RALEIGH, N.C. (WNCN) – Images of water and sand pushing over coastal roads, even houses falling into the ocean have been common over the past few days.

The crummy conditions along the eastern North Carolina coast are more than just meteorological, it’s also astronomical.

The full moon is only days away, and a full or new moon can lead to slightly higher tides, research shows.

Our full moon this month is also a super moon, meaning it’s slightly closer to earth, so tides are going to be slightly higher than normal. This can create what’s sometimes called nuisance or salt-water flooding.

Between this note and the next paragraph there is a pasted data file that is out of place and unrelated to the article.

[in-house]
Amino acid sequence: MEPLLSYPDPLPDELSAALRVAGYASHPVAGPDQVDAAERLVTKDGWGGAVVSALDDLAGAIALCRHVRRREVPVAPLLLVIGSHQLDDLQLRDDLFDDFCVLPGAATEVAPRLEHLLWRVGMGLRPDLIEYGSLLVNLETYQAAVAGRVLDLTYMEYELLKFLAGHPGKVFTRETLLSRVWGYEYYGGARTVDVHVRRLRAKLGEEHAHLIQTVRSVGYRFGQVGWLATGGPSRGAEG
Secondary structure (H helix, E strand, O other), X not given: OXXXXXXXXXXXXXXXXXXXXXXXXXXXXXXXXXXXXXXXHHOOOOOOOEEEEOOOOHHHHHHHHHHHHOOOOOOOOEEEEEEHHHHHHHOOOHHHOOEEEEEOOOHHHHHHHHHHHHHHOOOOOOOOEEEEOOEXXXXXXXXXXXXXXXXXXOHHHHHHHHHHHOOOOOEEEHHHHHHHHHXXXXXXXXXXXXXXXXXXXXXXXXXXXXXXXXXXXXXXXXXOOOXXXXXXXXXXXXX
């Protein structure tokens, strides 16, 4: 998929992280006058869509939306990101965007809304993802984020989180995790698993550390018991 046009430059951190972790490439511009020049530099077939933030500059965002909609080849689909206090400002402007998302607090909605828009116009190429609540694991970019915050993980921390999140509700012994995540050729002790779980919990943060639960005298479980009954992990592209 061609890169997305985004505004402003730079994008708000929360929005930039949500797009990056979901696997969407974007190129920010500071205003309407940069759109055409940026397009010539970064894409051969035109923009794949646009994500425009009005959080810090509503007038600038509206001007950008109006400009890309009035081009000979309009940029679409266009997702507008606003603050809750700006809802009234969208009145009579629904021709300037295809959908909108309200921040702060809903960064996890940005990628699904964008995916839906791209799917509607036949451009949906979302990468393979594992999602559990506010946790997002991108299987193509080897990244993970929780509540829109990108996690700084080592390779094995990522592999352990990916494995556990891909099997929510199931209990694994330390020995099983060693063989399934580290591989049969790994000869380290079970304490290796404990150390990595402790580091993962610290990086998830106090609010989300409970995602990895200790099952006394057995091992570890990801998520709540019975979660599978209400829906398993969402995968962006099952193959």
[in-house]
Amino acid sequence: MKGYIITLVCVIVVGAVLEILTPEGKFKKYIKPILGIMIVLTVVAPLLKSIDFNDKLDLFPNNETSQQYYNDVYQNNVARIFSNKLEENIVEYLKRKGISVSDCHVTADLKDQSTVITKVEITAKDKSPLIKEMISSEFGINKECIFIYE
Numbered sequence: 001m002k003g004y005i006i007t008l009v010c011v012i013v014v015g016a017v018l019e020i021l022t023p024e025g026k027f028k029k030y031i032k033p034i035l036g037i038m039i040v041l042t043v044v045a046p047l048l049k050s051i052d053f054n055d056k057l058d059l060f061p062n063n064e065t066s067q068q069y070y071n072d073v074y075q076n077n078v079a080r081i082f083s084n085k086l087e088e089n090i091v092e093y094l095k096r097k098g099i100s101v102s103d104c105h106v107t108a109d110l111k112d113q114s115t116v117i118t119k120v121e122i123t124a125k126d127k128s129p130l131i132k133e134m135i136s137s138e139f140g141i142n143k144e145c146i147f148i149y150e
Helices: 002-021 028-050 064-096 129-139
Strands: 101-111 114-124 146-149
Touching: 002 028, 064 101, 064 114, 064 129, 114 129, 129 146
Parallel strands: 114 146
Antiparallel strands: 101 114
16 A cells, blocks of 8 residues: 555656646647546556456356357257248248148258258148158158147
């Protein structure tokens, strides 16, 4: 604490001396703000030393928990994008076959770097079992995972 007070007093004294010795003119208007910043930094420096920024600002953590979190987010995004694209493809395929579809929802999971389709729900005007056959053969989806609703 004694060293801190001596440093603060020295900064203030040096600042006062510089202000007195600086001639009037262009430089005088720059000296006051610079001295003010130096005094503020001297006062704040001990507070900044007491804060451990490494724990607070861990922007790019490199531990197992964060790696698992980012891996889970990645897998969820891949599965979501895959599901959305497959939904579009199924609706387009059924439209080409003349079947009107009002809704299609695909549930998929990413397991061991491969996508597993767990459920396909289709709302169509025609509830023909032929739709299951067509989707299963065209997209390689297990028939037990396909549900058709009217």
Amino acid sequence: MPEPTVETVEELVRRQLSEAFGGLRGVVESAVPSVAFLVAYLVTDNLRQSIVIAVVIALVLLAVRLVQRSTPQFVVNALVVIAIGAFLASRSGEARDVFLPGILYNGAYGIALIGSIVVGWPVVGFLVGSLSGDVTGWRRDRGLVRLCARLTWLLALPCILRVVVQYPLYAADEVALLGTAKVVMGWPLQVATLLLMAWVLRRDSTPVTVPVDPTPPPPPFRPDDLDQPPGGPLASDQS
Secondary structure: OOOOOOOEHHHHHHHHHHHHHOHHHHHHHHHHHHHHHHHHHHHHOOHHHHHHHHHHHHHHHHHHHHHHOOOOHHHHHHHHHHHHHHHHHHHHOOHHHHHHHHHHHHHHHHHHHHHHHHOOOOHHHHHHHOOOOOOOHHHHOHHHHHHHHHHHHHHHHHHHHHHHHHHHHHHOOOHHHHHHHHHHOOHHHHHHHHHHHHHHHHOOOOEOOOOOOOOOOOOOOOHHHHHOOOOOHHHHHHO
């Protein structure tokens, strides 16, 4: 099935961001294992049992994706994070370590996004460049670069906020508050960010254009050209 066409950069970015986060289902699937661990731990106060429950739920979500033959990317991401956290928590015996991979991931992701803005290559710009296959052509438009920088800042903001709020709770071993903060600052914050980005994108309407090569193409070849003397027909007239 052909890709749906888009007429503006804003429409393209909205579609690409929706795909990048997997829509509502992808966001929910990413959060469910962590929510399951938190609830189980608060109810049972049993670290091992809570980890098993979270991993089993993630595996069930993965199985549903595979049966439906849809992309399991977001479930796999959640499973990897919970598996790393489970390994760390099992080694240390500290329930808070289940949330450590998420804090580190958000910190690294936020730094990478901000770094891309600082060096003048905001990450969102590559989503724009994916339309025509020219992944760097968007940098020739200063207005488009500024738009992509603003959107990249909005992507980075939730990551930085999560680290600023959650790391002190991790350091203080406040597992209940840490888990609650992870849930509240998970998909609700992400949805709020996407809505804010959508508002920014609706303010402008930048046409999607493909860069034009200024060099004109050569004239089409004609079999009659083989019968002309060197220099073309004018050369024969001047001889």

From the weather perspective, this coastal low has strong winds that churns up the water, making it rough along the coast, with wave heights up to 11 feet expected for the Outer Banks, helping to push more of that water onshore.

With all of this known, it begs a question. Could this coastal low become a tropical storm?

In this current state, no, because it has fronts, and tropical lows don’t have fronts. So it will not become our first tropical low of the year.

As we get closer and closer to the start of hurricane season, we have already seen a few waves come off Africa. While no development is expected yet, CBS 17 will let you know when there is.